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Friday, 1 December 2017

'Are we there yet?' Saturation in qualitative research and how to use it

Written by Dr Ben Saunders | | @PCSciences

I think I speak for most qualitative researchers when I say saturation is taken for granted, yet there continues to be inconsistency in how it’s used and even uncertainty on how to use it. Drawing on our recent published paper, this blog tackles the ‘what, where, when, why and hows’ of using saturation in research.  

What is Saturation?

In short, saturation is used as a criterion for qualitative researchers to decipher when data collection or analysis is discontinued – in essence they reach ‘saturation point’. But this is research methodology we’re talking about, so it’s never going to be short and sweet.

From analysing existing literature, we’ve been able to identify four approaches to saturation, which may be either inductive (exploratory - finding patterns of explanations/theories) or deductive (using data to test pre-determined theories);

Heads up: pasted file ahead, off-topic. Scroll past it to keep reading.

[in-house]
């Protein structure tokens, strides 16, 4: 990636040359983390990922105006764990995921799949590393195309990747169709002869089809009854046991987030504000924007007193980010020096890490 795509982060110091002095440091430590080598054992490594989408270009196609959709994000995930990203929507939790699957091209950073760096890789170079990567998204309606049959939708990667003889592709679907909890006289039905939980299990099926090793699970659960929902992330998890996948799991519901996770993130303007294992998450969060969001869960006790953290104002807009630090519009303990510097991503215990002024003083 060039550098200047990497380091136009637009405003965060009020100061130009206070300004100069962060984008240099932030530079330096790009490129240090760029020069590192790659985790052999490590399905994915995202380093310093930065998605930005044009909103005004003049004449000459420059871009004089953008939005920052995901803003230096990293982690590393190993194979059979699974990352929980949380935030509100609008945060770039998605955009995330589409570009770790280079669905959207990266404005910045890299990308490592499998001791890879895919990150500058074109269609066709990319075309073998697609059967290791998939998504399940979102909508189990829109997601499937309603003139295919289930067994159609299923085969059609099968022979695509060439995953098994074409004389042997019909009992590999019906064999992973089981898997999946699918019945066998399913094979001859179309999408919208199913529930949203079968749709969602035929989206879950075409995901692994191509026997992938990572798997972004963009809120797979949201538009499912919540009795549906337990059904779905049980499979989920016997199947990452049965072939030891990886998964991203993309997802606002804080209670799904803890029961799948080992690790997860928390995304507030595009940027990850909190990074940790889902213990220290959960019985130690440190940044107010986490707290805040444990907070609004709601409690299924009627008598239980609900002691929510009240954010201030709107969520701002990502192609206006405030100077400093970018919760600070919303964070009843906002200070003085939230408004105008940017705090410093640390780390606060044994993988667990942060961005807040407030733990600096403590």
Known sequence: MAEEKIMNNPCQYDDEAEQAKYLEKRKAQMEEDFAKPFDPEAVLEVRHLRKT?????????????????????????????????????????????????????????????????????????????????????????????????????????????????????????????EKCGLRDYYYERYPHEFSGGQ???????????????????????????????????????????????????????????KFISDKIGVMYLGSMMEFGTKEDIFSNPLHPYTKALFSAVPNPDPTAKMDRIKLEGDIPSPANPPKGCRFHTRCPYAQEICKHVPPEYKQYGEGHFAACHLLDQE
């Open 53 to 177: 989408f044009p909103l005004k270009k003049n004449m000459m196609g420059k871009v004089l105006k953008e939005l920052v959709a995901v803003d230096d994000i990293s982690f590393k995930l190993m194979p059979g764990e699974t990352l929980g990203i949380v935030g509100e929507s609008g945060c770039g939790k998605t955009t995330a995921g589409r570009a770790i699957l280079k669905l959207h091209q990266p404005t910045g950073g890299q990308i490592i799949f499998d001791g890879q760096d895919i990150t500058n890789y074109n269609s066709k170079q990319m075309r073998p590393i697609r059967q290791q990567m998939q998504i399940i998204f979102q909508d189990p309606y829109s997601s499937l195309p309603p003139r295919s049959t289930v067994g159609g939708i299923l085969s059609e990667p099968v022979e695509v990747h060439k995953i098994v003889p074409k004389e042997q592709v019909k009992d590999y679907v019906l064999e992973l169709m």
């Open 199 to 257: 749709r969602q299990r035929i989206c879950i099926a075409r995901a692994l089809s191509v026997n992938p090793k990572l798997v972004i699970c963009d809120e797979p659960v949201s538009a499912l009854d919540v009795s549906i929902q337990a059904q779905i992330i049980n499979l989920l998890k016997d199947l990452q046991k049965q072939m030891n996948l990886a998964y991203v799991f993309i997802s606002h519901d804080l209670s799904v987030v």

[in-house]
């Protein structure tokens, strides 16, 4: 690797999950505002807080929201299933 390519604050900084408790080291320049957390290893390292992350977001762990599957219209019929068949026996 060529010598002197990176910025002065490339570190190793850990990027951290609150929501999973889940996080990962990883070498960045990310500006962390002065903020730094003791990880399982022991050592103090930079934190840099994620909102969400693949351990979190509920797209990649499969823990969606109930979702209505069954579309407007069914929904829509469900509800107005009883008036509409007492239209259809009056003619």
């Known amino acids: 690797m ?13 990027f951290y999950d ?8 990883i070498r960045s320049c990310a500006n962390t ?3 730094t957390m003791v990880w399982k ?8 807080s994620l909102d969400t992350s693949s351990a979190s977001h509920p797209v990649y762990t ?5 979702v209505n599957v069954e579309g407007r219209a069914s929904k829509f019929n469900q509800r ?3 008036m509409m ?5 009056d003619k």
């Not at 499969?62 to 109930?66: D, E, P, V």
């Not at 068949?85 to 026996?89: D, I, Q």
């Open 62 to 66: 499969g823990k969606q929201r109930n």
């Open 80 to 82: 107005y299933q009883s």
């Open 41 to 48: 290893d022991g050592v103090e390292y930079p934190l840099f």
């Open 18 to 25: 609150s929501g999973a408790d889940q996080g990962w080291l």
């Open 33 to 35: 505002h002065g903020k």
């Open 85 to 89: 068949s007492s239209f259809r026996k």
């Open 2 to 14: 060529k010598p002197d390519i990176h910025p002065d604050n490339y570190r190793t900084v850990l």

Theoretical saturation (inductive)

Data analysis leads to well-developed theories where no aspects remain hypothetical. The researcher(s) reaches the decision that no further data collection is needed.

Inductive thematic saturation

Similar to theoretical saturation, but it focusses on the identification and number of ‘new’ codes and themes rather than the completeness of theoretical categories.

A priori thematic saturation (deductive)

Establishing whether there is enough data to illustrate a pre-determined theoretical category.

Data saturation

Moving away from data analysis, this is based on how much data (i.e. the number of interviews) are needed until you’re no longer finding anything new.

Where and why should we use saturation?

The role of the theory is hugely influential to the relevance and meaning of saturation. In both deductive and inductive approaches, we are able to make sense of the role of saturation because of the underlying approach to the analysis being thematic. It will usually occur in interview or focus group studies that involve a number of informants.